Deer-car collisions increase during the fall, experts say

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HIGH POINT, N.C. -- Because fall is deer mating season, experts explain you'll see more deer around this time, and unfortunately, many of those may be at your front bumper.

"Males are out looking for females, the females are even sometimes avoiding the males," explained Greensboro Science Center Education Director Martha Regester. "So all of them are crossing boundaries and that usually includes roads."

And that means area body shops have been seeing a boom in business.

"Oh it's definitely a financial gain," said Mike Cline, owner of Mike's Paint and Body Shop in High Point. "But it's bad for the people who own the vehicles. Hopefully, they've got insurance."

Cline said his shop began to see deer-damaged cars in mid-September.

"One we had the other week -- it hit three deer at one time," he said. "And this is just the beginning of it."

Regester explained that the phrase "deer in the headlights" is a very real phenomenon.

"Deer are active mostly in the very early morning hours and right at dusk when the light levels are low," Regester said. "They're great at seeing in very low light. But when a headlight comes at them, it's very bright. They freeze."

AAA Carolinas released the following advice for drivers on how to avoid deer-car collisions.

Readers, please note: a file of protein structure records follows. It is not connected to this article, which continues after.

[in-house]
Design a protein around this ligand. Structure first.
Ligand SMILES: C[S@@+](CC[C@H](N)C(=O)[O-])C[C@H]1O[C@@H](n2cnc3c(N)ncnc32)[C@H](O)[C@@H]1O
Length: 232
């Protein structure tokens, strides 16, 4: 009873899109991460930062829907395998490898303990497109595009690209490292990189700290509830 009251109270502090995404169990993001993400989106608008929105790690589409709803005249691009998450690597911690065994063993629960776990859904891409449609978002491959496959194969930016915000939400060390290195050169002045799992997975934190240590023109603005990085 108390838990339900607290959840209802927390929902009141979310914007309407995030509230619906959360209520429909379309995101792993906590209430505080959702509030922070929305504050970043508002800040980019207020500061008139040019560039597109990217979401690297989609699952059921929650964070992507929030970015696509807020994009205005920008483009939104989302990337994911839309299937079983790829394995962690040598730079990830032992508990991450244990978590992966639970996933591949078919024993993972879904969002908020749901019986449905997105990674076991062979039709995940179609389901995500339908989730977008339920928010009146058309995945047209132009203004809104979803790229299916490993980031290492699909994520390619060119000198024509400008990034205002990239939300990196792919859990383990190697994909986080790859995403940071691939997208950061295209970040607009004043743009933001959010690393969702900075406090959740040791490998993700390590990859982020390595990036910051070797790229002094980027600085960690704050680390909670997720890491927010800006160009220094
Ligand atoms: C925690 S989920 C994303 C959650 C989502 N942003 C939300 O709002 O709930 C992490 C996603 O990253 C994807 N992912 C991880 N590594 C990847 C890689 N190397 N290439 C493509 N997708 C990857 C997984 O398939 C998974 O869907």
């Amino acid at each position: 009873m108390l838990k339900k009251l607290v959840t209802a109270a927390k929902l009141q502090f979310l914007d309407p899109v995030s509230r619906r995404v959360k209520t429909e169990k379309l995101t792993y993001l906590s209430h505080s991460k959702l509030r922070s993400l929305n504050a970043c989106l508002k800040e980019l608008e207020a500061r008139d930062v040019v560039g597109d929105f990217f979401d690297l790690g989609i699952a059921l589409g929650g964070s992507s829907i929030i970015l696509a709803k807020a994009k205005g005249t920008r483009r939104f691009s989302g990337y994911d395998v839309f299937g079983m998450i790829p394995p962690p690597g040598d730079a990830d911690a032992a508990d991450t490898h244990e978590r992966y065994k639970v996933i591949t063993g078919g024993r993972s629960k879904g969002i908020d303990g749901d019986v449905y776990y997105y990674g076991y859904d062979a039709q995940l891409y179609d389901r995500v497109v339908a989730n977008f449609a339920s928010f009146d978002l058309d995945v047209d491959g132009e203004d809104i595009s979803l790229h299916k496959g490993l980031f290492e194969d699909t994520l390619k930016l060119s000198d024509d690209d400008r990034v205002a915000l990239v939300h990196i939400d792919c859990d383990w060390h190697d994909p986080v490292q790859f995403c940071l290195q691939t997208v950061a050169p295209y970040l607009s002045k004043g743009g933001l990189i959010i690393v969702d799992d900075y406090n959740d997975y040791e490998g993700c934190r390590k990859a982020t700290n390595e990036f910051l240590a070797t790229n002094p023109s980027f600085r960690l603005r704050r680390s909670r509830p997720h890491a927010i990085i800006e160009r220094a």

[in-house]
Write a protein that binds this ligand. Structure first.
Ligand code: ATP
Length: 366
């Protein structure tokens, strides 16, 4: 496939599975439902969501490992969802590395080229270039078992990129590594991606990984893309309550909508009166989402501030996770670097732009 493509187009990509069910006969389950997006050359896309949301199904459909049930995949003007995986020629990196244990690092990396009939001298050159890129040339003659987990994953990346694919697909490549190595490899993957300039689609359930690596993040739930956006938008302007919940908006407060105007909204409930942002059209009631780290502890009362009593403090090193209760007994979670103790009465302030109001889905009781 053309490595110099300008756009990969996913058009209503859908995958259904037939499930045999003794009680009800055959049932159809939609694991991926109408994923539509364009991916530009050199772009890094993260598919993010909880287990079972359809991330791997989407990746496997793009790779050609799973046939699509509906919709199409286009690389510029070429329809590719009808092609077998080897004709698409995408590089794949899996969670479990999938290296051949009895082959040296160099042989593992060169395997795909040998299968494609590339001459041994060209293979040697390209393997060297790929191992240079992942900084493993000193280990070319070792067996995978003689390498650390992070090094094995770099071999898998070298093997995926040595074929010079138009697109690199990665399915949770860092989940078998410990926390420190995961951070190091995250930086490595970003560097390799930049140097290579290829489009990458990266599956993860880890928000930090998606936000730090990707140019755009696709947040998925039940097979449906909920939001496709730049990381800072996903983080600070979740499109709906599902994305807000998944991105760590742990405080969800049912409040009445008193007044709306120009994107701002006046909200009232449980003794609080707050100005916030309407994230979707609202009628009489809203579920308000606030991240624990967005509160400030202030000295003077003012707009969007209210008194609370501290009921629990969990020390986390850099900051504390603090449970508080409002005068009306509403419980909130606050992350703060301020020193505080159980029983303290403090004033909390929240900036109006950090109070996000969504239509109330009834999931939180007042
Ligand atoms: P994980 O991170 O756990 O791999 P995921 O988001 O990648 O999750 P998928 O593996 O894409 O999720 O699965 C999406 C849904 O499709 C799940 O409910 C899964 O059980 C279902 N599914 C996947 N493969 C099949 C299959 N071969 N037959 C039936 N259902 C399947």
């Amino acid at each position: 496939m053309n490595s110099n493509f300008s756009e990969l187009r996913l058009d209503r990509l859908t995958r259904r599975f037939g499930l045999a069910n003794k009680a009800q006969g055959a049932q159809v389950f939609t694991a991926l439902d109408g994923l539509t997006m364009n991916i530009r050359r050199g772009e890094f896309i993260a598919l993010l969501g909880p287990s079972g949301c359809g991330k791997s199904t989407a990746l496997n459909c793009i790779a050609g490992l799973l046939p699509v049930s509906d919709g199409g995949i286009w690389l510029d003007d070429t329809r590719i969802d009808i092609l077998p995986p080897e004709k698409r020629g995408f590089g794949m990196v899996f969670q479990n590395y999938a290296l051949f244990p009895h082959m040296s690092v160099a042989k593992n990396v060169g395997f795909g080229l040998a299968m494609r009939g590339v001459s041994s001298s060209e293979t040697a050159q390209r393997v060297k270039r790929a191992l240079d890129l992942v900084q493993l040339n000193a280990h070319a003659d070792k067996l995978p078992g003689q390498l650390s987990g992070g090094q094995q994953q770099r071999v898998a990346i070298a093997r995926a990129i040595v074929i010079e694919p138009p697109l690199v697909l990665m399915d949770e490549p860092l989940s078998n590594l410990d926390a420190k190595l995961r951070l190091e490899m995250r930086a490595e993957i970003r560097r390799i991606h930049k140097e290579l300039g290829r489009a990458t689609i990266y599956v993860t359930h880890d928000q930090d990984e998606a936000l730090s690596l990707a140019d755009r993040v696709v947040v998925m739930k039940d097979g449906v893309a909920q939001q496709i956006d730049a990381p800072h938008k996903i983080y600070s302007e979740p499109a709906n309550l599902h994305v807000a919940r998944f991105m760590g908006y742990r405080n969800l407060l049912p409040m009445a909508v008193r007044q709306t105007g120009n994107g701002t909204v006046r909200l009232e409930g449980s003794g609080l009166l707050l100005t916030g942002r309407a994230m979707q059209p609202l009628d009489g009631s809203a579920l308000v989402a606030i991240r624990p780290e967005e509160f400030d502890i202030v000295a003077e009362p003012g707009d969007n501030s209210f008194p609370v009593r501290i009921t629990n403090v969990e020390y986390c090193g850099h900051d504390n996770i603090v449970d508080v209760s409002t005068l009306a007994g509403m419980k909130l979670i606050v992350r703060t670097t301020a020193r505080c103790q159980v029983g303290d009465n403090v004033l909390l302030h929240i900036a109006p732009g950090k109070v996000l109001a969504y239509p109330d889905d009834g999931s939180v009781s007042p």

• Keep your eyes moving back and forth.Continuously sweep your eyes across the road in front of you for signs of animals and movement. Animals may also be alongside the road, so make sure to look to the right and left, as well. While the most likely accident is you hitting an animal, on occasion they might also hit you by running into the side of your car.
  • Use high beams when there’s no oncoming traffic. You can spot animals sooner. Sometimes the light reflecting off their eyes will reveal their location.
  • Slow down around curves.It’s harder to spot animals down the road when going around curves.
  • One long blast.A long blast on your horn may frighten animals away from your vehicle.
  • Use brakes if an impact is imminent.Don’t swerve. Instead, stay in your lane. Swerving away from animals can confuse them so they don’t know which way to run. It can also put you in the path of oncoming vehicles or cause you to crash into something like a lamppost or a tree.
  • After the crash, stay away. Don't go near an animal if it's hurt. Wounded animals are unpredictable and have the capacity to attack you.
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